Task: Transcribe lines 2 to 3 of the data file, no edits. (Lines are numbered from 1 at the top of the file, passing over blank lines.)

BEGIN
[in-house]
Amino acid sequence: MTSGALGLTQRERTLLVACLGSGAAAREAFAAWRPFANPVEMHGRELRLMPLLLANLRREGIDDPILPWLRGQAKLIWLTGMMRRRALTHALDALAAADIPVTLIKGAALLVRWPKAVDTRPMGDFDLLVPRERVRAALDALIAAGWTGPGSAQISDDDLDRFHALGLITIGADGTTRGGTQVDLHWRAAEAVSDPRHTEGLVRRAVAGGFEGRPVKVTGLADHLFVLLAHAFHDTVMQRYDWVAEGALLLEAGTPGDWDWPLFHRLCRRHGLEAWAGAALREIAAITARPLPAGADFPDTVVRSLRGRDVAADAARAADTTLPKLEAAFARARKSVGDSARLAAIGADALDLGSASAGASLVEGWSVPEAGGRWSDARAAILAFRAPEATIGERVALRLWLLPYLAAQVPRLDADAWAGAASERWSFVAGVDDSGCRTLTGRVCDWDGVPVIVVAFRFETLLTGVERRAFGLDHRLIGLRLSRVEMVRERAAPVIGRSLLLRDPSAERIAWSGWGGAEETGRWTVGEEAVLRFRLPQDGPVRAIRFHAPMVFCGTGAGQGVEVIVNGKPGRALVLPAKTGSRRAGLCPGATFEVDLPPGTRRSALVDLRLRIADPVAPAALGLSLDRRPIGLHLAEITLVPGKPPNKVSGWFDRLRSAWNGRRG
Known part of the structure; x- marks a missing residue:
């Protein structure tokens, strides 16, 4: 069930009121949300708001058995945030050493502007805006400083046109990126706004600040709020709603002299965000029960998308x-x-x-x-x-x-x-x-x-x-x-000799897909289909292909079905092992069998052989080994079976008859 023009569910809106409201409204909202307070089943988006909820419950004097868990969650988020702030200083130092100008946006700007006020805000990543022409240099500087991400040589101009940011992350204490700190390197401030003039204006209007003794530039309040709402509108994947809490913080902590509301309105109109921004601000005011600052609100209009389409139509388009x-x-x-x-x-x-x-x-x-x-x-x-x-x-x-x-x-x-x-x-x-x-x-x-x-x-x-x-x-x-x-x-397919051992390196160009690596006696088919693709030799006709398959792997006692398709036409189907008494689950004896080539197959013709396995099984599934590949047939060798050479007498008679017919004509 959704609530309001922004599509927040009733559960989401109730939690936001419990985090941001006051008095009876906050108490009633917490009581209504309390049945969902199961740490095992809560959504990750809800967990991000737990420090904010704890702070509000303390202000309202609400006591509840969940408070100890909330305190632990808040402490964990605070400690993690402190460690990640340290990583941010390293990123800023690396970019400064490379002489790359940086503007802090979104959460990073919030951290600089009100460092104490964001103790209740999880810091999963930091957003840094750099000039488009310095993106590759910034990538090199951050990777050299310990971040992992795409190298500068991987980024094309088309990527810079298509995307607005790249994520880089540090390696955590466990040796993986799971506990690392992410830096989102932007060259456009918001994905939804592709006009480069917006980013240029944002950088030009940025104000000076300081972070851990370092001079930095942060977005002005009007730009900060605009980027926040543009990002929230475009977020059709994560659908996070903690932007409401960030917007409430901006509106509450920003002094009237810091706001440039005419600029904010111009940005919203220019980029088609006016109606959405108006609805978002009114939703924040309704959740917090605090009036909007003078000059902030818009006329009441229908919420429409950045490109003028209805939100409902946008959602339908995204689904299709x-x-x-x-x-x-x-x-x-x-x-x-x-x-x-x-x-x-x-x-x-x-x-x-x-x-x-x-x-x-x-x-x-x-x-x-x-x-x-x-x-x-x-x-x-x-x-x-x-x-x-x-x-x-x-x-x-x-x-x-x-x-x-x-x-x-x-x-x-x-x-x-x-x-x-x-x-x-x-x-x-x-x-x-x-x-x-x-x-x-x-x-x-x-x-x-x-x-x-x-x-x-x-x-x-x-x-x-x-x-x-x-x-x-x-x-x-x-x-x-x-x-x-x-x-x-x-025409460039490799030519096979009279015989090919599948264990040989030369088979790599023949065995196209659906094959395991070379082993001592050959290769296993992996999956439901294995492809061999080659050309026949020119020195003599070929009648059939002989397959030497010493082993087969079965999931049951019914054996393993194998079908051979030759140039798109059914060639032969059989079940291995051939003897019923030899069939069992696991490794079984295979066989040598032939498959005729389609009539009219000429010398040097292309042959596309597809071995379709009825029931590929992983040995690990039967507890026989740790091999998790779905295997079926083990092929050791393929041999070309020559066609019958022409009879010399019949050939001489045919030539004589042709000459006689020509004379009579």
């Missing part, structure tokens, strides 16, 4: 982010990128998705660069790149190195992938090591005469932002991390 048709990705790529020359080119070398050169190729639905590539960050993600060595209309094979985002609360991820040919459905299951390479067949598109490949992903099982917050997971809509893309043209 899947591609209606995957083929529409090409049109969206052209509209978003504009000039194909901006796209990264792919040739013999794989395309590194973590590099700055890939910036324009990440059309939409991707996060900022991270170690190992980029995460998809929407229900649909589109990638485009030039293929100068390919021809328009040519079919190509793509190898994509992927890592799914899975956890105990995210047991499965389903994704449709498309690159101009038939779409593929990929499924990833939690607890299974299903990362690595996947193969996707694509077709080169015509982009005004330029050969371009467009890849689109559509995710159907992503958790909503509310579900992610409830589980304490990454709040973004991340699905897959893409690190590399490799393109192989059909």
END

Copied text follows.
Amino acid sequence: MTSGALGLTQRERTLLVACLGSGAAAREAFAAWRPFANPVEMHGRELRLMPLLLANLRREGIDDPILPWLRGQAKLIWLTGMMRRRALTHALDALAAADIPVTLIKGAALLVRWPKAVDTRPMGDFDLLVPRERVRAALDALIAAGWTGPGSAQISDDDLDRFHALGLITIGADGTTRGGTQVDLHWRAAEAVSDPRHTEGLVRRAVAGGFEGRPVKVTGLADHLFVLLAHAFHDTVMQRYDWVAEGALLLEAGTPGDWDWPLFHRLCRRHGLEAWAGAALREIAAITARPLPAGADFPDTVVRSLRGRDVAADAARAADTTLPKLEAAFARARKSVGDSARLAAIGADALDLGSASAGASLVEGWSVPEAGGRWSDARAAILAFRAPEATIGERVALRLWLLPYLAAQVPRLDADAWAGAASERWSFVAGVDDSGCRTLTGRVCDWDGVPVIVVAFRFETLLTGVERRAFGLDHRLIGLRLSRVEMVRERAAPVIGRSLLLRDPSAERIAWSGWGGAEETGRWTVGEEAVLRFRLPQDGPVRAIRFHAPMVFCGTGAGQGVEVIVNGKPGRALVLPAKTGSRRAGLCPGATFEVDLPPGTRRSALVDLRLRIADPVAPAALGLSLDRRPIGLHLAEITLVPGKPPNKVSGWFDRLRSAWNGRRG
Known part of the structure; x- marks a missing residue: